I get it from a productivity perspective. There’s a lot of reading and publishers want to watch their bottom line. Technology can help, but in the end will it really? When people read, they have the ability to experience feeling and emotion. Can technology do that? Of course not. It can only do what it is told (and even then it’s not the real thing). So an award-winning manuscript may never see the light of day because it didn’t meet the criteria of a computer. Not sure I like that. What are your thoughts?
Check out the rest of Georgina Cromarty’s post on other interesting takes on artificial intelligence and it’s place in various industries.
Just like snowflakes, no two people are alike. And that includes writing style. But how can a writer stand out?lists 10 ways writers can develop a unique writing style.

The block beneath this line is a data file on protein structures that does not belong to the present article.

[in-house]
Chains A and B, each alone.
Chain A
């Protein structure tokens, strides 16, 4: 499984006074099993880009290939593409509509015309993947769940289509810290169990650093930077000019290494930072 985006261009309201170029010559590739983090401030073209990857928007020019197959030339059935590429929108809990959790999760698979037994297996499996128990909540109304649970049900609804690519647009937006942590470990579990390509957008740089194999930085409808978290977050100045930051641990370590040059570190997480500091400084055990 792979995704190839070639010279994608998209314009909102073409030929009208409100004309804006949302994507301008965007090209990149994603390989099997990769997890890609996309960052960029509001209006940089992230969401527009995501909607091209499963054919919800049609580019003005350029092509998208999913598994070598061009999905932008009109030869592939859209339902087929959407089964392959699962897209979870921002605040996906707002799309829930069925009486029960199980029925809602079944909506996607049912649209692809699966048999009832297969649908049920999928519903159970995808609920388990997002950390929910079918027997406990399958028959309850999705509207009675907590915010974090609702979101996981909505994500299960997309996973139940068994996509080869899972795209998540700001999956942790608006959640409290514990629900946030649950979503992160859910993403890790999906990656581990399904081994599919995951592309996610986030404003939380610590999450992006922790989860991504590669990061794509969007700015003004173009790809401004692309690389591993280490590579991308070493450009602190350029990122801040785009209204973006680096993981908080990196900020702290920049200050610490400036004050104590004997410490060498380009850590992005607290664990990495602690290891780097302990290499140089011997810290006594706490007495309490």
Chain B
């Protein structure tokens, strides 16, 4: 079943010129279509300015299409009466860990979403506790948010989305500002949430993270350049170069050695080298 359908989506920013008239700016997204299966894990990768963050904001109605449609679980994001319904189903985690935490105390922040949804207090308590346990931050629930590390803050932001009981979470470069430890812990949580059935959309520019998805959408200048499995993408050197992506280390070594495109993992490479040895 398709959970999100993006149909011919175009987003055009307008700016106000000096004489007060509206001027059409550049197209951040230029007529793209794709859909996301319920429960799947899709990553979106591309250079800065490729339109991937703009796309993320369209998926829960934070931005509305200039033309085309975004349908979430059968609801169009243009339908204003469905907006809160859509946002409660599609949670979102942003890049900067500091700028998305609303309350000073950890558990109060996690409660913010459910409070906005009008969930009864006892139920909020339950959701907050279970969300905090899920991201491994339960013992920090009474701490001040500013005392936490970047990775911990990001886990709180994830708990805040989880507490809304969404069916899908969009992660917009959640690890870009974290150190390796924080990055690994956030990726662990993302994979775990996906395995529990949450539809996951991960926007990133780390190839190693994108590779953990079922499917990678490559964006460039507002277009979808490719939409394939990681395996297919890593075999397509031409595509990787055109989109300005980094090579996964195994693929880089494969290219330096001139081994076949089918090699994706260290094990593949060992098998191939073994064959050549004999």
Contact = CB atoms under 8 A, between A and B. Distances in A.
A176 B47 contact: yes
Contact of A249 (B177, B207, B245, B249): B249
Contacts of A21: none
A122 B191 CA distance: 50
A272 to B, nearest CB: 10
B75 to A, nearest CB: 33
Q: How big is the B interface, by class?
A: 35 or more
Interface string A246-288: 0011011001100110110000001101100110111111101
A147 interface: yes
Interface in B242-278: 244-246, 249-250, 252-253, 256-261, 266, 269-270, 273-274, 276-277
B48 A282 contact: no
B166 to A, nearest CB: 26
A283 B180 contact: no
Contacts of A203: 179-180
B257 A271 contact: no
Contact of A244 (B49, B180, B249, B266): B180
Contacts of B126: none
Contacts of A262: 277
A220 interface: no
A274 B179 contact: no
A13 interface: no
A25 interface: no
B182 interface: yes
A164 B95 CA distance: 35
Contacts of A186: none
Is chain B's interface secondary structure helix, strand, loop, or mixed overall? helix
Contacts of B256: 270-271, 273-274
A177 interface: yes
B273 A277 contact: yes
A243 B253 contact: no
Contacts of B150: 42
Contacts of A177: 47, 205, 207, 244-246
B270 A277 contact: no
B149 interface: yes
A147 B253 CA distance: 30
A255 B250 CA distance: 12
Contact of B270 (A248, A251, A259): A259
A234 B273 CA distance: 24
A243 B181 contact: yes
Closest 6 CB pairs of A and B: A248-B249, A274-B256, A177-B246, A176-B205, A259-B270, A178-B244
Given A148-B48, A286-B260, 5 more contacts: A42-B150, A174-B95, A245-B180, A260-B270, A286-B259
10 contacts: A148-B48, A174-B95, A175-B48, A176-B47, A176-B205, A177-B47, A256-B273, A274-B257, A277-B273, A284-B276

Creating and refining your own unique style of writing is important, particularly in the modern Internet age, where a high content turnover means readers are constantly in pursuit of something original and clever. However, it’s often difficult – especially when you’re just starting out – to fine-tune the way you write and embody the qualities that make your voice distinct and innovative.
So how exactly do you tease out those qualities? How do you then apply them to the actual process of writing? Here are ten hot tips to get you started today.
1. Use experiences as a springboard
Start with what you know. If you begin your writing process in a world that you’re familiar with, it’ll generally be much easier for you to slip on your characters’ shoes and immerse yourself into the setting of your story. In fact, J. K. Rowling herself based one of her best-known and most complex characters, Professor Snape, on her chemistry…
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One can never know too much when it comes to writing. That’s why resources like the Author Toolbox Blog Hop are essential. It gives writers a way to learn, share experiences, provide support, and bounce ideas off each other. Information on how to sign-up for the hop is below.